ADJKERNTZ(8) BSD System Manager's Manual ADJKERNTZ(8)NAMEadjkerntz — adjust local time CMOS clock to reflect time zone changes and
keep current timezone offset for the kernel
The adjkerntz utility maintains the proper relationship between the ker‐
nel clock, which is always set to UTC, and the CMOS clock, which may be
set to local time. The adjkerntz utility also informs the kernel about
machine timezone shifts to maintain proper timestamps for local time file
systems such as the MS-DOS file system. The main purpose of this thing
is not general fixing of initially broken MS-DOS file timestamp idea but
keeping the same timestamps between FreeBSD MS-DOS file system and MS-DOS
operating system installed on the same machine. If the file
/etc/wall_cmos_clock exists, it means that CMOS clock keeps local time
(MS-DOS and MS-Windows compatible mode). If that file does not exist, it
means that the CMOS clock keeps UTC time. The adjkerntz utility passes
this state to the machdep.wall_cmos_clock kernel variable.
Adjustments may be needed at system startup and shutdown, and whenever a
time zone change occurs. To handle these different situations, adjkerntz
is invoked in two ways:
-i This form handles system startups and shutdowns. The adjkerntz
utility is invoked with this option from /etc/rc on entry to multi-
user mode, before any other daemons have been started. The
adjkerntz utility puts itself into the background. Then, for a
local time CMOS clock, adjkerntz reads the local time from it and
sets the kernel clock to the corresponding UTC time. The adjkerntz
utility also stores the local time zone offset into the
machdep.adjkerntz kernel variable, for use by subsequent invoca‐
tions of 'adjkerntz -a' and by local time file systems.
For a local time CMOS clock 'adjkerntz -i' pauses, and remains
inactive as a background daemon until it receives a SIGTERM. The
SIGTERM will normally be sent by init(8) when the system leaves
multi-user mode (usually, because the system is being shut down).
After receiving the SIGTERM, adjkerntz reads the UTC kernel clock
and updates the CMOS clock, if necessary, to ensure that it
reflects the current local time zone. Then adjkerntz exits.
This form is used to update the local time CMOS clock and kernel
machdep.adjkerntz variable when time zone changes occur, e.g., when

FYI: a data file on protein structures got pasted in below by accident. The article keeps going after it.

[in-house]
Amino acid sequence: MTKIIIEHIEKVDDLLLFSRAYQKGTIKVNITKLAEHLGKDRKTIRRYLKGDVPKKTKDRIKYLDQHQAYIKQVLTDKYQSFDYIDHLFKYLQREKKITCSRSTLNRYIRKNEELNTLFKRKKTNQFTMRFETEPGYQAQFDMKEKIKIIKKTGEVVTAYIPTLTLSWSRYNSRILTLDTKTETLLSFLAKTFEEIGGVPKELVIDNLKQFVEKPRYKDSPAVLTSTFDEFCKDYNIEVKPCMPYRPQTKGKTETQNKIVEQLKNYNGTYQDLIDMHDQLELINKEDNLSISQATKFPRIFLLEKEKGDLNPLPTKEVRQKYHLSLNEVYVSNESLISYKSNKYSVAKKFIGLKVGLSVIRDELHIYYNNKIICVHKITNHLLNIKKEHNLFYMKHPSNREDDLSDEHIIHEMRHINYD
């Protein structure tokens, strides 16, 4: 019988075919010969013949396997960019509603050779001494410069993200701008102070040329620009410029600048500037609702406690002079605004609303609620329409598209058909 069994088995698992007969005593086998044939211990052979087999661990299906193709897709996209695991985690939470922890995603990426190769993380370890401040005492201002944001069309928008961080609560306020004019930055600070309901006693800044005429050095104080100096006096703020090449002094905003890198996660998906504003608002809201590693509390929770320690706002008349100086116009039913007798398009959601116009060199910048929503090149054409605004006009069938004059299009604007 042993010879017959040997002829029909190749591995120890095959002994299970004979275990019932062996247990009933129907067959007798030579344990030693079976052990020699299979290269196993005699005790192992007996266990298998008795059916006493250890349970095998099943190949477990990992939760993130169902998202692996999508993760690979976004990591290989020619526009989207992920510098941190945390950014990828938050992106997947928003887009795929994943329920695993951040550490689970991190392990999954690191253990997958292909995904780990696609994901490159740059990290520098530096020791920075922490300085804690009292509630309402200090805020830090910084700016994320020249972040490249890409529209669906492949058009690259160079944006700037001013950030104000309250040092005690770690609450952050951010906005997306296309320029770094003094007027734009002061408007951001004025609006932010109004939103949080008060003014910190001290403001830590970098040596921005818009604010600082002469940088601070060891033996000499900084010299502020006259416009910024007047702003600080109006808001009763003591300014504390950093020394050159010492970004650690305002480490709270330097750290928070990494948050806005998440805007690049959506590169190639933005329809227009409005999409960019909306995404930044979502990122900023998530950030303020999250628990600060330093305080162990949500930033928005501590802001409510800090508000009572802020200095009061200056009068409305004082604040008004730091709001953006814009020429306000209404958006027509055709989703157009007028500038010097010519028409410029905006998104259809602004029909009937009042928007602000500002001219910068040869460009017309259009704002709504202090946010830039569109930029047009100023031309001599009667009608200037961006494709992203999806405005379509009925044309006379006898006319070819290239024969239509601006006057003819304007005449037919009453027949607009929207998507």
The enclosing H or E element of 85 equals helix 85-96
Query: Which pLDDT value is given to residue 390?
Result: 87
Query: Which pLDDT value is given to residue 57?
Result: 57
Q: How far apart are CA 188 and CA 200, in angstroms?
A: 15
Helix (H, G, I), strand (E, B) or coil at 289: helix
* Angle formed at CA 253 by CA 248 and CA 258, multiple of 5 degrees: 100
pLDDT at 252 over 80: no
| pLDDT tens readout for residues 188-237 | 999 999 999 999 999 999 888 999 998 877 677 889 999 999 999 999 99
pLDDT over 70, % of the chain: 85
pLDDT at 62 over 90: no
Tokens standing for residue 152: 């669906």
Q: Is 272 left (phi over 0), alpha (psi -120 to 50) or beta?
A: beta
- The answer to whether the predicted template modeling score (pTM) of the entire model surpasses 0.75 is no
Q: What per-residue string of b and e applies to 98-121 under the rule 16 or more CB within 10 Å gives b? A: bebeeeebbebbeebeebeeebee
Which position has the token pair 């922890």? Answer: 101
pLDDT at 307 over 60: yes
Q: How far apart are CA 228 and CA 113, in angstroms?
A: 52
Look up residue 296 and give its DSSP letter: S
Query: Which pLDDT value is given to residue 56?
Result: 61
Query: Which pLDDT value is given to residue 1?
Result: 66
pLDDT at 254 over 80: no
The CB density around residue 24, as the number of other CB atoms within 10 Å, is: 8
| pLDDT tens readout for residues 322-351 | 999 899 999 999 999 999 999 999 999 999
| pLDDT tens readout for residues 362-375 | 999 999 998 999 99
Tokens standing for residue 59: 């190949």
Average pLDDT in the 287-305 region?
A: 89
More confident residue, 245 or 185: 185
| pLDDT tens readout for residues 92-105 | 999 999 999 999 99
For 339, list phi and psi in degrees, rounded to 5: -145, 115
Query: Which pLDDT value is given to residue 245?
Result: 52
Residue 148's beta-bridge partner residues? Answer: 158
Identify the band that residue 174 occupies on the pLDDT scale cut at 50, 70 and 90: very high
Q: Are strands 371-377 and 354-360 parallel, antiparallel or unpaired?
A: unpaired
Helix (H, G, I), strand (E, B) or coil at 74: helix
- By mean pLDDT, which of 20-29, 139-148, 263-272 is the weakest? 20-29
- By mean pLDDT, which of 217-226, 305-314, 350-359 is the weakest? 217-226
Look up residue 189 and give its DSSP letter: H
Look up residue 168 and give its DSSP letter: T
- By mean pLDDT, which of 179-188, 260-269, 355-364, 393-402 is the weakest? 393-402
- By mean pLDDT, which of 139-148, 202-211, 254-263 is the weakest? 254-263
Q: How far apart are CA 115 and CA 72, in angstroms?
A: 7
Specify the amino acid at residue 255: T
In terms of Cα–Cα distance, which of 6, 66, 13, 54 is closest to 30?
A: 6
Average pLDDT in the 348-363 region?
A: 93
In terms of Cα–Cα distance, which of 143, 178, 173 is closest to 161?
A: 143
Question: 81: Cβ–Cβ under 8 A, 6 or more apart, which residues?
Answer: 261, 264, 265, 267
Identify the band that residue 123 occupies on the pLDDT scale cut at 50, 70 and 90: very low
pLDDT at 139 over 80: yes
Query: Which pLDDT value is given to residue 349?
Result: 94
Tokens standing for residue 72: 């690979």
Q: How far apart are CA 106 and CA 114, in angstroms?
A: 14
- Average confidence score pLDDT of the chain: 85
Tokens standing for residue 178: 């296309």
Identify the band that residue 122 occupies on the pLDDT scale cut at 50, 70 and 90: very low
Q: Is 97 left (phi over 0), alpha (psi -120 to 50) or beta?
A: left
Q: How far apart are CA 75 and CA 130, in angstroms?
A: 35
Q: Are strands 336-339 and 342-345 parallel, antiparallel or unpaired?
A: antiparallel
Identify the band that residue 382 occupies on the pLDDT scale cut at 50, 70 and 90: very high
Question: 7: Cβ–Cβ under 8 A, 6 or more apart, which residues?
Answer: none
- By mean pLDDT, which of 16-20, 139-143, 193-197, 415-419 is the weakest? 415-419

entering or leaving daylight savings time. The adjkerntz utility
uses the kernel clock's UTC time, the previously stored time zone
offset, and the changed time zone rule to calculate a new time zone
offset. It stores the new offset into the machdep.adjkerntz kernel
variable, and updates the wall CMOS clock to the new local time.
If 'adjkerntz -a' was started at a nonexistent time (during a time‐
zone change), it exits with a warning diagnostic unless the -s
option was used, in which case adjkerntz sleeps 30 minutes and
This form should be invoked from root's crontab(5) every half hour
between midnight and 5am, when most modern time zone changes occur.
Warning: do not use the -s option in a crontab(5) command line, or
multiple 'adjkerntz -a' instances could conflict with each other.
The adjkerntz utility clears the kernel timezone structure and makes the
kernel clock run in the UTC time zone. Super-user privileges are
required for all operations.
TZ Time zone change rule, see tzset(3); not needed when
tzsetup(8) or zic(8) is used.
/etc/localtime Current zoneinfo file, see tzsetup(8) and zic(8).
/etc/wall_cmos_clock Empty file. Its presence indicates that the
machine's CMOS clock is set to local time, while
its absence indicates a UTC CMOS clock.
No diagnostics. If an error occurs, adjkerntz logs an error message via
syslog(3) and exits with a nonzero return code.
SEE ALSOtzset(3), crontab(5), mount_msdosfs(8), rc(8), sysctl(8), tzsetup(8),
The adjkerntz utility appeared in FreeBSD 1.0.
Andrey A. Chernov ⟨email@example.com⟩
BSD April 4, 1996 BSD